Last weekend audiences (January 31 and February 1) were treated to the dark comedy The Beauty Queen of Leenane by Martin McDonagh and the compelling performances by the ensemble of Lisa Formosa-Parmigiano, Tim Gleason, Sheri Nash Braun and Tom O'Neill. The play, directed by my wife, Traci Brant, and Jonni Pera is nuanced and superbly acted. It crackles with hilarious and sometimes vicious bits of humor, while making the most of some deeply sad moments and shocking plot twists. As a play, The Beauty Queen is that breed of theatre that Chicago Street has earned a reputation for doing very well and not one audiences are likely to see anywhere else in Northwest Indiana.


It's pretty obvious, I can't say enough about how good our current production is. For years, as a director at Chicago Street Theatre, I tried to wrestle the show away from Traci and Jonni to no avail. They had, after all, directed The  Cripple of Inishmaan in 2004 and the critically acclaimed Pillowman in 2010. Both productions further fueled my love for McDonagh's writing. I love the edginess of his stories and his attention to human behavior in his dialogue. The playwright's movies, In Bruges and Seven Psychopaths, have jumped onto my list of favorites along with films by the Coen Brothers and Quentin Tarantino.


The first time I saw one of McDonagh's plays produced it was Beauty Queen at Chicago's famed Steppenwolf Theatre. Many of the things that I had read about McDonagh prior to that were hailing him as the "Irish Sam Shepard and David Mamet all rolled into one." Being a fan of both Mamet and Shepard, the play did not disappoint. It was engaging--especially in the most mundane little conversations between the well crafted characters in the show--and totally terrifying at it's violent climax. Beauty Queen was precisely the type of play I love to see--well-acted, perceptive, mysterious, and gutsy. 


When Jonni and Traci announced that they were not going to let me direct the show, I was completely okay with that. I knew that these kind of intense and provocative plays have become their forte. Among directors at CST, we some times even refer to the January/ February play as the "cutting edge slot" because it is when we as a company choose to produce something risky and contemporary like last season's American Rex or The Goat by Edward Albee in 2012 directed by Justin Treasure and Andy Urschel. This is the time of year where we challenge both our artists and our audiences by doing something on par with the "In-Your-Face" style of theatre one would have to go to Chicago to see at Steppenwolf, Shattered Globe, Strawdog, or the like.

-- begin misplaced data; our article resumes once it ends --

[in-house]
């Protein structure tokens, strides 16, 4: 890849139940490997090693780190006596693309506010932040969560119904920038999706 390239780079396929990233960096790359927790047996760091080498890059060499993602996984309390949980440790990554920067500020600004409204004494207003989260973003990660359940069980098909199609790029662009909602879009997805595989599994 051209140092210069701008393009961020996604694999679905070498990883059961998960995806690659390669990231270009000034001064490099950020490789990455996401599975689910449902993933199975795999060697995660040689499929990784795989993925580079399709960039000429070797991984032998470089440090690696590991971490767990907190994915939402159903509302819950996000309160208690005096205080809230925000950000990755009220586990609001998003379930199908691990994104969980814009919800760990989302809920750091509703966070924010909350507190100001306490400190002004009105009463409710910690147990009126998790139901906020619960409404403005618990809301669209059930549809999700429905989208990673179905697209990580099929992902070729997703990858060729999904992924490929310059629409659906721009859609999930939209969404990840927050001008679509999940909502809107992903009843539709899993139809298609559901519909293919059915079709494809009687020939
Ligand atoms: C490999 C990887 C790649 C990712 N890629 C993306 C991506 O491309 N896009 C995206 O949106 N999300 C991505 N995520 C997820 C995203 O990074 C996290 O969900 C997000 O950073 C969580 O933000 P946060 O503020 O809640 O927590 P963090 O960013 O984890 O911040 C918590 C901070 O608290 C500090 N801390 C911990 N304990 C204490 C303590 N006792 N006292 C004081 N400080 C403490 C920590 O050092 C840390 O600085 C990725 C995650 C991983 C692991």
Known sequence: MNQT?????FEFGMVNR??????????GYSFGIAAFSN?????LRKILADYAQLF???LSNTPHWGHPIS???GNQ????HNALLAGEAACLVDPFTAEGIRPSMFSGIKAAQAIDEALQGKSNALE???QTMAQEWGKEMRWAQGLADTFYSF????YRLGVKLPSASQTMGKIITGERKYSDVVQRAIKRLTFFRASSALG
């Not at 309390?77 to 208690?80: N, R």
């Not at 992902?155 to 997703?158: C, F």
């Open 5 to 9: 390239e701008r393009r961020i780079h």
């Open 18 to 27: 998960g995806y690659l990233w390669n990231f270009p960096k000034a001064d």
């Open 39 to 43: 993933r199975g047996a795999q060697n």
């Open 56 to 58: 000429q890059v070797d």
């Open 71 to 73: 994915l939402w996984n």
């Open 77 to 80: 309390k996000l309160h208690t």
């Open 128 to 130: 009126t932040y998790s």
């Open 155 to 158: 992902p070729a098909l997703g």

My hope is that with the popularity of darker TV shows like Breaking BadMad MenHouse of Cards and others, there are audiences who want to see art that tackles difficult subjects with finesse and humor.  A production like Beauty Queen is the type of play I prefer to experience rather than the "name brand" staples that "community" theatres are known for producing. I believe a theatre must step out of its comfort zone every once in a while in order to progress to their full potential and attain the level of excellence that their audiences deserve.


The Beauty Queen of Leenane is the type of show audiences who love theatre deserve. While it is important to do work that fills the seats, it is also important to do and support art that feeds the soul. I love that Chicago Street is a company pushes itself by taking risks on shows like McDonagh's. With this type of fearless production being done, I truly hope that audiences will brave our Northwest Indiana winter fearlessly to see it. You'll be so glad you did.


-CST member Eric Brant